Madge plays with quite stunning technical control and an evident love of rich and complex piano sonorities that matches Busoni's own (and if he pounds with his left hand rather in some of the earlier music, it is no doubt what the composer would have done himself). He has all the necessary stamina that the bigger pieces demand, but is no less sensitive to more mysterious and poetic pages. The performances were recorded live (though there is not the slightest sign of an audience or of a large concert-hall acoustic), so there are a few minor fluffs of no real consequence. The recorded sound is very good indeed: impressively big but not noisy. The set is a major achievement and an eloquently compelling act of advocacy.'

-- Michael Oliver, Gramophone
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Works on This Recording

Elegies (7) for Piano, K 249 by Ferruccio Busoni
Performer:  Geoffrey Douglas Madge (Piano)
Period: 20th Century 
Written: 1907; Berlin, Germany 
Suite campestre, Op. 18/K 81 by Ferruccio Busoni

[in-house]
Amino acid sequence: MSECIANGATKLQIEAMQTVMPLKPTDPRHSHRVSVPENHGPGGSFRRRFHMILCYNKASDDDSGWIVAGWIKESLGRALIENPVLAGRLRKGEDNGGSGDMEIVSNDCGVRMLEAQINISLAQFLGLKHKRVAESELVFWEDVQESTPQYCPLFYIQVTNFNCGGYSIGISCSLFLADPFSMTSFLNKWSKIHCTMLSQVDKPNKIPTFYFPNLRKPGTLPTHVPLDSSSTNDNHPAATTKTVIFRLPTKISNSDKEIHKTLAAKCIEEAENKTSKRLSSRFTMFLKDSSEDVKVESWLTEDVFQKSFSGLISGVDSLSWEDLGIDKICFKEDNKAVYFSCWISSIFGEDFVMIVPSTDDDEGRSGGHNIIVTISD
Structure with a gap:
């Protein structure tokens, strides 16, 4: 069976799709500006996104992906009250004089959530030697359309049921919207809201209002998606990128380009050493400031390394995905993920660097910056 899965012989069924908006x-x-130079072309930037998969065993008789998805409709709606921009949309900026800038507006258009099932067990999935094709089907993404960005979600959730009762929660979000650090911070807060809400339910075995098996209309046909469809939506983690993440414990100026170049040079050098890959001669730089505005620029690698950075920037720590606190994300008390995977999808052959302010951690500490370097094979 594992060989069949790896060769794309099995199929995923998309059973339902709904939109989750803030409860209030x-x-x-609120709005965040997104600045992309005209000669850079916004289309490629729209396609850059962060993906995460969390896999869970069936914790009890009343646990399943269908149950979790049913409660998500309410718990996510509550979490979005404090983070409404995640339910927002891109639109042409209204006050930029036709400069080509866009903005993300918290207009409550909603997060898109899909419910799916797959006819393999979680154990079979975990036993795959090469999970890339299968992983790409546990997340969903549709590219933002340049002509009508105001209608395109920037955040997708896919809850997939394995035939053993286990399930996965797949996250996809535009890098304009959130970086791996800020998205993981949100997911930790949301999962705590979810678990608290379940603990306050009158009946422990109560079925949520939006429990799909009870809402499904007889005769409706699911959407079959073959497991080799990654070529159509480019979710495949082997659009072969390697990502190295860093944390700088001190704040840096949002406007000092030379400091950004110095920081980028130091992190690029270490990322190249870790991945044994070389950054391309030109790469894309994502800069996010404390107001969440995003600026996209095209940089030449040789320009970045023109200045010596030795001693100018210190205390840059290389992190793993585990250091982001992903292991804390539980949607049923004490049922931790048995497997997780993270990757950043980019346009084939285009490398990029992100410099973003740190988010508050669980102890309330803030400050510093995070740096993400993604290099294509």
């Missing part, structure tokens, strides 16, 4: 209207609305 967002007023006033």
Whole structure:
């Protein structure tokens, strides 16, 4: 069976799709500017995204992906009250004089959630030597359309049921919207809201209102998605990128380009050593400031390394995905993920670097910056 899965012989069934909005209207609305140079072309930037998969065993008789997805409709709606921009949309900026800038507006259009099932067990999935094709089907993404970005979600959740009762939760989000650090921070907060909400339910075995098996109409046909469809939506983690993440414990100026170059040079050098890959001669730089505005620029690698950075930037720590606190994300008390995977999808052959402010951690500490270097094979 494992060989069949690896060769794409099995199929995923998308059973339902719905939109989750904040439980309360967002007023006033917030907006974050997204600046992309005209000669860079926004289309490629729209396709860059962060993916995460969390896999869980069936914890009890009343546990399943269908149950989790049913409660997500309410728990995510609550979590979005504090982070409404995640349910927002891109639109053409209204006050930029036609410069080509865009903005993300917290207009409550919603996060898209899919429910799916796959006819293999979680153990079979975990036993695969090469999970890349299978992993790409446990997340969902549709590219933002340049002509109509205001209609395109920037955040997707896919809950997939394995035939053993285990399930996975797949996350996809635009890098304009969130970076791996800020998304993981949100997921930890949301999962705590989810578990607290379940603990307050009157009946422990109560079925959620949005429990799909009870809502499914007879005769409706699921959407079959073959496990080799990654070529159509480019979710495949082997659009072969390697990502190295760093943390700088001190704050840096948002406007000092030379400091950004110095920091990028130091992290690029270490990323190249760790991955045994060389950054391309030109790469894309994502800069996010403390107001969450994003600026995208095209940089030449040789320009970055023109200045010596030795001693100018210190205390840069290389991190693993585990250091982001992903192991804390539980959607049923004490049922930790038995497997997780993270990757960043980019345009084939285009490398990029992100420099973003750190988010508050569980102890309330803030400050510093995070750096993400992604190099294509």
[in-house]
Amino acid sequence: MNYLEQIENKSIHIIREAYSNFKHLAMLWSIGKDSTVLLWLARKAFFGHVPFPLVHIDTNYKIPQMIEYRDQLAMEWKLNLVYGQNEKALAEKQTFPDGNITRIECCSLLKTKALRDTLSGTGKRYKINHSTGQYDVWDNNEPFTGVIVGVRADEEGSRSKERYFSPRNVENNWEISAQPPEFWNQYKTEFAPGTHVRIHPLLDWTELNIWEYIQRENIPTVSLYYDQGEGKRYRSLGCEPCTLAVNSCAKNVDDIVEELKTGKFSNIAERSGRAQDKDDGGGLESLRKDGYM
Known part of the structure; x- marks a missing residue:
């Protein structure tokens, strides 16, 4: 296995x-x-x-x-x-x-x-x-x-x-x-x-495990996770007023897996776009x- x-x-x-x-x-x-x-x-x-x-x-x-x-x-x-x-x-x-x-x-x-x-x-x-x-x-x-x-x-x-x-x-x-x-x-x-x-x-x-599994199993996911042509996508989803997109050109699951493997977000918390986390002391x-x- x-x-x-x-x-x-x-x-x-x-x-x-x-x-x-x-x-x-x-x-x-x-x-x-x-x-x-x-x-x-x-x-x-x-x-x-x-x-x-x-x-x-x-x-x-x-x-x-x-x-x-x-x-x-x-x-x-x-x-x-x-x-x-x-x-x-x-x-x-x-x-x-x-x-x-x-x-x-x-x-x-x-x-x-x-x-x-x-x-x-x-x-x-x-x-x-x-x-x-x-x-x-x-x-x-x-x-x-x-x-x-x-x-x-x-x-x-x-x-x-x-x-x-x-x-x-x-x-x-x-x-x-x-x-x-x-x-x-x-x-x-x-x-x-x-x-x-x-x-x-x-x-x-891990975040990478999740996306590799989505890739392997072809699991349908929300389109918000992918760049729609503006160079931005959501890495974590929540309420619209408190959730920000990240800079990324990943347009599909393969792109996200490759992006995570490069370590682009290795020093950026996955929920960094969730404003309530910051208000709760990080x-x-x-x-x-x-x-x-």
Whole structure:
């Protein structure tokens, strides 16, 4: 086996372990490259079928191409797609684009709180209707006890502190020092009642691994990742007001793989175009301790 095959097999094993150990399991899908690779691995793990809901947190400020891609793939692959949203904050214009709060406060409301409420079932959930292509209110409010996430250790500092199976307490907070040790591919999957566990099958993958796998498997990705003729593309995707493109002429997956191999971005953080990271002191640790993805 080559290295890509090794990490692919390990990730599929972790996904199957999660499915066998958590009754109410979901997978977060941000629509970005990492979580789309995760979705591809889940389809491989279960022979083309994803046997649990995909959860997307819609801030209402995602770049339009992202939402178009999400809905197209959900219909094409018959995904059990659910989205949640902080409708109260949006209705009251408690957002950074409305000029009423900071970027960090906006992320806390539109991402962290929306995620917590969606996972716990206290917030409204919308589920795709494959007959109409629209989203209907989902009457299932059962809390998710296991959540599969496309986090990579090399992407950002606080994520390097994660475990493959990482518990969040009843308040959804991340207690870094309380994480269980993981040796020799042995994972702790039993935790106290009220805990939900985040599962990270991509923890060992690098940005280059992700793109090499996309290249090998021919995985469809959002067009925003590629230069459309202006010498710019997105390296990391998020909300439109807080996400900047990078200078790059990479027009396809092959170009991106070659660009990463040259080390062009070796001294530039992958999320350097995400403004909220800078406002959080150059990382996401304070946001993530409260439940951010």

Performer:  Geoffrey Douglas Madge (Piano)
Period: 20th Century 
Written: 1878; Graz, Austria 
Variations (10) on Chopin's Prelude in c, Op. 22/K 213a by Ferruccio Busoni
Performer:  Geoffrey Douglas Madge (Piano)
Period: 20th Century 
Written: 1922; Berlin, Germany 
Fantasia contrappuntistica, K 256 by Ferruccio Busoni
Performer:  Geoffrey Douglas Madge (Piano)
Period: 20th Century 
Written: 1910/1922; Berlin, Germany 
Notes: Ver: 1910 
Choralvorspiel, K 256a by Ferruccio Busoni
Performer:  Geoffrey Douglas Madge (Piano)
Period: 20th Century 
Written: 1912 
Notes: This work is Busoni's "Edizione minore" of his Fantasia contrappuntistica, K 256. 
Nuit de noël by Ferruccio Busoni
Performer:  Geoffrey Douglas Madge (Piano)
Period: 20th Century 
Written: 1909; Berlin, Germany 
Indianisches Tagebuch: Book 1, K 267 by Ferruccio Busoni
Performer:  Geoffrey Douglas Madge (Piano)
Period: 20th Century 
Written: 1916; Berlin, Germany 
Fantasia after Johann Sebastian Bach for Piano, K 253 by Ferruccio Busoni
Performer:  Geoffrey Douglas Madge (Piano)
Period: 20th Century 
Written: 1909; Berlin, Germany